Hot answers tagged shaking
I wouldn't bother, but if you do, don't shake them hard, because it will denature some of the foam-producing proteins, and has a chance of reducing head retention. Be lazy and let it do its thing.
Stirring is not needed while the yeast are actively fermenting because the fermenting wort is naturally turbulent - i.e. it self-stirs. This churning mixes the wort ensuring the yeast are suspended more-or-less throughout the wort, so they are always in contact with their food supply, making additional stirring redundant. The turbulence in the wort comes ...
Your yeast is not getting more active its just bubbles. Shaking the completely fermented beer is only knocking CO2 out of solution. Shaking in secondary can be a problem if there is O2 in there. It will mix with the beer and likely cause some oxidation.
EDIT: As far as a best practice, I would SAPS it :D (FYI, I made that acronym up...) Starter - Create a starter to get the cell count high enough - http://www.howtobrew.com/section1/chapter6-5.html Aerate - Before pitching, use one of the many available methods to aerate the wort - http://www.howtobrew.com/section1/chapter6-9-2.html Pitch - When the ...
...so you want to shake the yeast after fermentation is complete and you've racked off the lees? If anyone disagrees here, please weigh in, but I don't think you'll see a difference, and if anything, you're at a slight risk of oxidizing your beer. If you're talking about how the Wyeast pack balloons up after you shake it, that's because you're knocking a ...
No it wont. In fact it can break up yeast floculation and aid fermentation. There is risk of oxidation if much alcohol has been produced when it was shook. But the c02 in headspace should minimize it. I once fermented a 5 gal 1.086 apple wine to 0.992 in a couple days on a stirpate to completely deny the yeast floculation.
In general there is no reason to do this as it just prolongs the settling out of all the yeast. If you had good yeast health going into the bottling phase all should be fine. I don't like to intervene with the process any more than necessary, unless something out of the ordinary occurs. If your bottles don't carb up, or they seem inconsistantly ...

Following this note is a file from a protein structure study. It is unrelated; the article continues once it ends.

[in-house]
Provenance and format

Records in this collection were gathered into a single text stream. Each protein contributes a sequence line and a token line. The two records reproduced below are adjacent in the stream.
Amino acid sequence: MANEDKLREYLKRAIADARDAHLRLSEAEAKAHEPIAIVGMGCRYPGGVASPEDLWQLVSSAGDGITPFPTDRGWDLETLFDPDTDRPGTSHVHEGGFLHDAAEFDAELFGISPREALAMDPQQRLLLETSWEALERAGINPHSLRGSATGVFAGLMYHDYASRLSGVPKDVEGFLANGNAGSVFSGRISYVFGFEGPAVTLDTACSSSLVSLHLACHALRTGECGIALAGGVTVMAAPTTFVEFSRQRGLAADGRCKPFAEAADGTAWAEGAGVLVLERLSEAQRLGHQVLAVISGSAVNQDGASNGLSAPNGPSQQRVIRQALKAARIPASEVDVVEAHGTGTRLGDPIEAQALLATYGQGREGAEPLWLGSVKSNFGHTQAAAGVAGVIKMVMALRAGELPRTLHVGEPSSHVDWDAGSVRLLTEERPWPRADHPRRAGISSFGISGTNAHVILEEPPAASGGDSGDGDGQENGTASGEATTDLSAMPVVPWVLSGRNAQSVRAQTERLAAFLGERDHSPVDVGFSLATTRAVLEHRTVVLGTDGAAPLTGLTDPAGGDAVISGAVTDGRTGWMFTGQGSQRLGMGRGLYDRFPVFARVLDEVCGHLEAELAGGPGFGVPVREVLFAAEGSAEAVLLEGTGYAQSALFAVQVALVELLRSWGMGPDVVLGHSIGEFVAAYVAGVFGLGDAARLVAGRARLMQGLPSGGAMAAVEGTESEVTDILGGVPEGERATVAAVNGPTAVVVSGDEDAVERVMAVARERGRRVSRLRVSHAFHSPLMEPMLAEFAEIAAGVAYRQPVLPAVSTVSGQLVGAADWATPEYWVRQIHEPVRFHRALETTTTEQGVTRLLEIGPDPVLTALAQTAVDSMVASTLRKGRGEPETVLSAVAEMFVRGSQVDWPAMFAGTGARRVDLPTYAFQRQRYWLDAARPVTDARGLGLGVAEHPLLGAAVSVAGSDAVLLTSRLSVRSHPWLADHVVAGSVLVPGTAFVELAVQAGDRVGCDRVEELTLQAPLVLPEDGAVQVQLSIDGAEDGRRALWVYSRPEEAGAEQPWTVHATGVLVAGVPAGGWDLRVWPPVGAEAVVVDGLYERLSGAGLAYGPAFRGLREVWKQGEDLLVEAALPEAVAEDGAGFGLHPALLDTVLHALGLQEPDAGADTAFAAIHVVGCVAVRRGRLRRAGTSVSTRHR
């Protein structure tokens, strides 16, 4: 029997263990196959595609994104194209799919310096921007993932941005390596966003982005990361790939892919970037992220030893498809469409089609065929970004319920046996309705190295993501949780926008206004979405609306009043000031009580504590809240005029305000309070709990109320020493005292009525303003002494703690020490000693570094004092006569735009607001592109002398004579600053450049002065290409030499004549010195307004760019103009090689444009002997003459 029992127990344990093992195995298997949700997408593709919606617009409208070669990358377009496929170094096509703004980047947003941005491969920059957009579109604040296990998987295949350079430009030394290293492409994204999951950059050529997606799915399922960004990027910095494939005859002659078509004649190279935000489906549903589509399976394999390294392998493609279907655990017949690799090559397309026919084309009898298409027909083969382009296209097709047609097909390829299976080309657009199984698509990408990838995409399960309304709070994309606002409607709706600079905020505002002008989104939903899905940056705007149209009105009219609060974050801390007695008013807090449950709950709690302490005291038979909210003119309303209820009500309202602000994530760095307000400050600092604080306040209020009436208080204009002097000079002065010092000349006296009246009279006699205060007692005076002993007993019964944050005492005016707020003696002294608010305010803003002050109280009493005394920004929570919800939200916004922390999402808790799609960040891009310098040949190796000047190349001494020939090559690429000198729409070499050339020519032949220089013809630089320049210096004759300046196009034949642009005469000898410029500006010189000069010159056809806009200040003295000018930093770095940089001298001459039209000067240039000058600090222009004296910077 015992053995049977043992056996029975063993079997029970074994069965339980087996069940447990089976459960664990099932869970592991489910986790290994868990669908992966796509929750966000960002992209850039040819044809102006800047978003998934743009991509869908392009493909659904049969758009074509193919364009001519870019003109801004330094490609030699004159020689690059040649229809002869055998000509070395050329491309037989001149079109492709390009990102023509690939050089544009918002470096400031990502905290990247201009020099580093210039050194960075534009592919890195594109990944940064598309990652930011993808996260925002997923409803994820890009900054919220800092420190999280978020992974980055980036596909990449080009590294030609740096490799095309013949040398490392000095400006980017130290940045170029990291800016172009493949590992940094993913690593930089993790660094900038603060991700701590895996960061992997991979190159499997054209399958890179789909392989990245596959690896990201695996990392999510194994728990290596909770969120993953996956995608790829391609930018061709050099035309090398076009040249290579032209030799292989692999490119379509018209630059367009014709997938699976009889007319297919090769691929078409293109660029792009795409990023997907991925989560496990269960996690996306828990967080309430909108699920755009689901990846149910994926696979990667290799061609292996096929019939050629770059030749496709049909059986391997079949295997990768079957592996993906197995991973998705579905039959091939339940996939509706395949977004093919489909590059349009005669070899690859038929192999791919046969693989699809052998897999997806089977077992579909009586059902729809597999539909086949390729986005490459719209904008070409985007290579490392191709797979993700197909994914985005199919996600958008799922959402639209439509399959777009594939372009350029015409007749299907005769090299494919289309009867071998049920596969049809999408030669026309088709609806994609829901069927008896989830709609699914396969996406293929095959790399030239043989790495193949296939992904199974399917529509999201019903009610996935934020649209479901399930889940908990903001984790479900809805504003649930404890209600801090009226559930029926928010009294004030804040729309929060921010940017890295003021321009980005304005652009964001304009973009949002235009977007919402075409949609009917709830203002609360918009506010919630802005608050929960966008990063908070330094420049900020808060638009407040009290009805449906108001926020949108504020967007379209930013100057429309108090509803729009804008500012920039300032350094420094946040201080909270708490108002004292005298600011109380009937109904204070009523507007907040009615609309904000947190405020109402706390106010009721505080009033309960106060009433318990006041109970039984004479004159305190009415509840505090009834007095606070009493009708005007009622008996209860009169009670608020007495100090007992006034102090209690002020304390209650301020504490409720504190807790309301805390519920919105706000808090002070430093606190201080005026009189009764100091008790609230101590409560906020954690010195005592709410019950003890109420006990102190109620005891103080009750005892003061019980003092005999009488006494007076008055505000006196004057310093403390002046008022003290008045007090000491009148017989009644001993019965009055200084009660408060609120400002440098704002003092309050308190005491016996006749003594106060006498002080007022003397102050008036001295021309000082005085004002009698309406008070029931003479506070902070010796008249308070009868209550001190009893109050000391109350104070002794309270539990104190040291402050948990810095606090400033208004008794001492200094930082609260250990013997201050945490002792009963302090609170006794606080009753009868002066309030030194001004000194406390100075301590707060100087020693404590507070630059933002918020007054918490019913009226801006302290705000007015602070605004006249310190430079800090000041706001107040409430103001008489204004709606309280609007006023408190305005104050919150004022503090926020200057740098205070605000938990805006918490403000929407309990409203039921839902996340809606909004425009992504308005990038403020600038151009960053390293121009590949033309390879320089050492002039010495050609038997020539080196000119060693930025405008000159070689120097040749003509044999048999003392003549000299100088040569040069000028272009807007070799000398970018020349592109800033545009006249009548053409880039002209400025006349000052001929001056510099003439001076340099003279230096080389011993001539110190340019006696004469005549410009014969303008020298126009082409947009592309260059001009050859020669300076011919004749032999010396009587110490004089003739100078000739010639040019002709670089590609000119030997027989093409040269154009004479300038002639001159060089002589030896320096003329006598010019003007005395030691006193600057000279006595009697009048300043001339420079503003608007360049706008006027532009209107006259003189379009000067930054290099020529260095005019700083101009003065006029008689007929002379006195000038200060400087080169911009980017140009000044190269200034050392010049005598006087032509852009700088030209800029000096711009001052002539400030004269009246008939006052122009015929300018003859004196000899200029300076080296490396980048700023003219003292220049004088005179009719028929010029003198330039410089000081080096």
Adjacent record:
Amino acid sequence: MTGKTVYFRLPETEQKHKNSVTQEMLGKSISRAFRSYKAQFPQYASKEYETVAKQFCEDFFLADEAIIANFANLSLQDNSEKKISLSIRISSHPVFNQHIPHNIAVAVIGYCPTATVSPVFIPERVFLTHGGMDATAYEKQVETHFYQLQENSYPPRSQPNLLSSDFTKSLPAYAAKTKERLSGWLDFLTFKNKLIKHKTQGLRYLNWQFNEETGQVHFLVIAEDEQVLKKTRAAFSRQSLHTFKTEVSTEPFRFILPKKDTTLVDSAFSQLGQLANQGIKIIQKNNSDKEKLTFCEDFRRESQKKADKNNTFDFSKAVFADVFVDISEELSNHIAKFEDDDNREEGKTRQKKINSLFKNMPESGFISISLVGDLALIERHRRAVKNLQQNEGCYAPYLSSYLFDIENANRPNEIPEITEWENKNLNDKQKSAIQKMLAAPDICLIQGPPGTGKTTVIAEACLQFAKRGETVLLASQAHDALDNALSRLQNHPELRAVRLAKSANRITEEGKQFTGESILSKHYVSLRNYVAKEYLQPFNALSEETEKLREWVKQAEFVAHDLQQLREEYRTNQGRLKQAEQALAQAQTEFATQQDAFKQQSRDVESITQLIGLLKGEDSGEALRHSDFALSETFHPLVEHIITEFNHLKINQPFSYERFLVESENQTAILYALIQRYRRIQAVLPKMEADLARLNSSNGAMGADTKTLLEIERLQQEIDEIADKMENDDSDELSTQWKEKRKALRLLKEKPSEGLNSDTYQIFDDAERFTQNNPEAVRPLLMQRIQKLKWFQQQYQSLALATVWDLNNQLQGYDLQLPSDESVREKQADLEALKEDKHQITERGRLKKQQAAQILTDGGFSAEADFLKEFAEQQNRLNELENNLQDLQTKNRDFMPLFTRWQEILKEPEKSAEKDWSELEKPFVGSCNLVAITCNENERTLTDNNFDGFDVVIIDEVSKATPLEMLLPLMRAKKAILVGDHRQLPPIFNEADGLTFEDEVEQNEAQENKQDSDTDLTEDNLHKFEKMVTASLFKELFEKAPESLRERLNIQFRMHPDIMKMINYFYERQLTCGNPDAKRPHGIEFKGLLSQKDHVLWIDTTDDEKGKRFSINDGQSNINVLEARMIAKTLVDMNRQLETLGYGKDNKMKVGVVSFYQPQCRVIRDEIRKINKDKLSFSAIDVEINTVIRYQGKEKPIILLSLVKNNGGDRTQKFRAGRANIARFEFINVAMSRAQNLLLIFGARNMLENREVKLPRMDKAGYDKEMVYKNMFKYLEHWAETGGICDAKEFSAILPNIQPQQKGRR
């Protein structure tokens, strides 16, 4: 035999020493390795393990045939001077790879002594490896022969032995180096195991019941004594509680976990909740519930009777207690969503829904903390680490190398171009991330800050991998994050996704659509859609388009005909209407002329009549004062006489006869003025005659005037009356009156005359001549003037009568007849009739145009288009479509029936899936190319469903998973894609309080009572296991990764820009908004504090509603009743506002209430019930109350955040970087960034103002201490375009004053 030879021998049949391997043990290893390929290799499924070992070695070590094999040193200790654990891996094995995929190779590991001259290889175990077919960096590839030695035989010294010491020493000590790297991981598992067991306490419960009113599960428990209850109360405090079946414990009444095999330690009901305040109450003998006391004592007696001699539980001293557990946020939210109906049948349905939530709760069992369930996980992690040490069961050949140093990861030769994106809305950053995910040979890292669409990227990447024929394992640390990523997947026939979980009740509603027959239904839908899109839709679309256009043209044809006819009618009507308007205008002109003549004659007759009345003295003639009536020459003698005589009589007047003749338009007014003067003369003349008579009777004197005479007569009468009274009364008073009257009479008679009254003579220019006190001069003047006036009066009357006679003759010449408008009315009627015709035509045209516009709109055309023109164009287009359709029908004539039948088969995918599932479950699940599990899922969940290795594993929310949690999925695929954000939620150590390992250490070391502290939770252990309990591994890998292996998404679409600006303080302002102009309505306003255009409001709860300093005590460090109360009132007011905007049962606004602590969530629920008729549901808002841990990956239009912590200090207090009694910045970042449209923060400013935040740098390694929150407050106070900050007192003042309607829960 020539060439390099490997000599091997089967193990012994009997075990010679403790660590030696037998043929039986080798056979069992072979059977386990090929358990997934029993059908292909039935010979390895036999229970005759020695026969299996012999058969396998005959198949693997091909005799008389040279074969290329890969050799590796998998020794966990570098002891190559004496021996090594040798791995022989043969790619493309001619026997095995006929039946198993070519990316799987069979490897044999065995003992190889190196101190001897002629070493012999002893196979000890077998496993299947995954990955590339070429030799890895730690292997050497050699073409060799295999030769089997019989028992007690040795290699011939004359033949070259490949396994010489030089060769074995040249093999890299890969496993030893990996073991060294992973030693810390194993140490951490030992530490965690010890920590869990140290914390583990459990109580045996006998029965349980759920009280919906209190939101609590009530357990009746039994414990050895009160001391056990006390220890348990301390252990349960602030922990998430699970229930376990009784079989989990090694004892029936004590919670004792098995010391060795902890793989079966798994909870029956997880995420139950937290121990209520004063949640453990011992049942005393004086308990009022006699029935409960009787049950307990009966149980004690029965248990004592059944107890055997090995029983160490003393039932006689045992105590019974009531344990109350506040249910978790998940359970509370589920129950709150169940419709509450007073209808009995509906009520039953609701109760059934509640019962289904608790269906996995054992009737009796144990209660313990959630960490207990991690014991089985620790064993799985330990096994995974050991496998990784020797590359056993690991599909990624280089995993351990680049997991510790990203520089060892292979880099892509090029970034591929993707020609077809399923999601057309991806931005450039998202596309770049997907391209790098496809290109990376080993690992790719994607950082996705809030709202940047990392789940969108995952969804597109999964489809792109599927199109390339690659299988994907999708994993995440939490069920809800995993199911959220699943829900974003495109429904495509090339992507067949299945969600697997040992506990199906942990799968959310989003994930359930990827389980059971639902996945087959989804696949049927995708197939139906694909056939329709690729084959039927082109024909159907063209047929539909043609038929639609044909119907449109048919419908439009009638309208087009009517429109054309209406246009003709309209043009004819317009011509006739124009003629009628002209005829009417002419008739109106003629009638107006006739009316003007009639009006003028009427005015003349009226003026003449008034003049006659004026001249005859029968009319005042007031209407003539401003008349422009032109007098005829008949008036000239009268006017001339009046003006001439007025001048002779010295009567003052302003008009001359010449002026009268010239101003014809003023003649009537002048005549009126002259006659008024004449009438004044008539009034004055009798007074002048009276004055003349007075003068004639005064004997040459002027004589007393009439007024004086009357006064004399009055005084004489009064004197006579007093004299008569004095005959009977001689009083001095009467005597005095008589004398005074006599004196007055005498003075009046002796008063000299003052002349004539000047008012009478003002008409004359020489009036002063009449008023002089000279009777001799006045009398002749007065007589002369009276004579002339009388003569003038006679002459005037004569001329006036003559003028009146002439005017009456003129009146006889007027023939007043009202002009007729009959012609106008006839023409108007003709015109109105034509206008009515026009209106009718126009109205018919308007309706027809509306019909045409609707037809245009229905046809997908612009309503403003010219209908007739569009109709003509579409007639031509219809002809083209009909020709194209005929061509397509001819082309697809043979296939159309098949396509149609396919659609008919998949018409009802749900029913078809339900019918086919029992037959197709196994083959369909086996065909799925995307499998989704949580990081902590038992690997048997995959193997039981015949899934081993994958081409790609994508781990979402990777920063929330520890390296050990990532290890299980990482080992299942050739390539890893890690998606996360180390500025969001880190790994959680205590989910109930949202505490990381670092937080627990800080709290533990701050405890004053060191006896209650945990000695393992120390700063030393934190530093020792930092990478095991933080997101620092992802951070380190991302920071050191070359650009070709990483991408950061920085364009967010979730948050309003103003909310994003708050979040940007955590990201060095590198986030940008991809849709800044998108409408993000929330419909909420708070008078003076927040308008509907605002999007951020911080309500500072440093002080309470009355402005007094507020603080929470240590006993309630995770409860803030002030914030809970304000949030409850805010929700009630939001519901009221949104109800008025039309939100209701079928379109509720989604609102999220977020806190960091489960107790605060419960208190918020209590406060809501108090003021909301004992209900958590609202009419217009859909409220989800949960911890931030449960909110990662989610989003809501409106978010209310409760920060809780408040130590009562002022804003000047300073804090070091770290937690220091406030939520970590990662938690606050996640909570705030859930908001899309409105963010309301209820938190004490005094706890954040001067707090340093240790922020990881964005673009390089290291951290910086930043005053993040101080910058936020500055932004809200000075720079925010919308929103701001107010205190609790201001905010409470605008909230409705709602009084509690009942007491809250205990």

Another downside to shaking after fermentation has begun is you run the risk of getting the dried Krausen off the side of the fermentation vessel. That mixed with the extra oxidation you'd cause can cause quite a bit of bitter, papery off flavors.
Assuming you're talking about when the yeast is first pitched, we do shake the carboy. Or, well, I do, in order to get oxygen into the wort. As for a stirplate, I would imagine that it would have to be fairly big to scale up to carboy dimensions. And your stirbar would be sitting in the carboy until you were ready to transfer.
One reason to try and keep the yeast in suspension is that a better contact between yeast and beer helps the yeast to decrease diacetyl. Depending on whether you have had a proper secondary fermentation before bottling, this could be important. I agree however with the security-concerns already mentioned further up.
I does help to shake the bottles when conditioning because it will help the yeast process the sugar faster and produce pressure in the head space that will eventually be the carbonation in your beer. You should only have to do this the first few days of conditioning.
Shake it up, but only after the aggressive fermentation period is over with. This will typically be 4-7 days in the primary. Only shake in the primary! You risk oxidation at any other point. The oxygen has already been forced out of the carboy, shaking can in fact liven the yeast and make nutrients that settled into odd areas once again available to them. I ...
From commenter Mike S: http://www.howtobrew.com/section1/chapter6-9-2.html Explains why you shake at the beginning. http://www.howtobrew.com/section1/chapter6-9-3.html Explains why you do not shake after primary.
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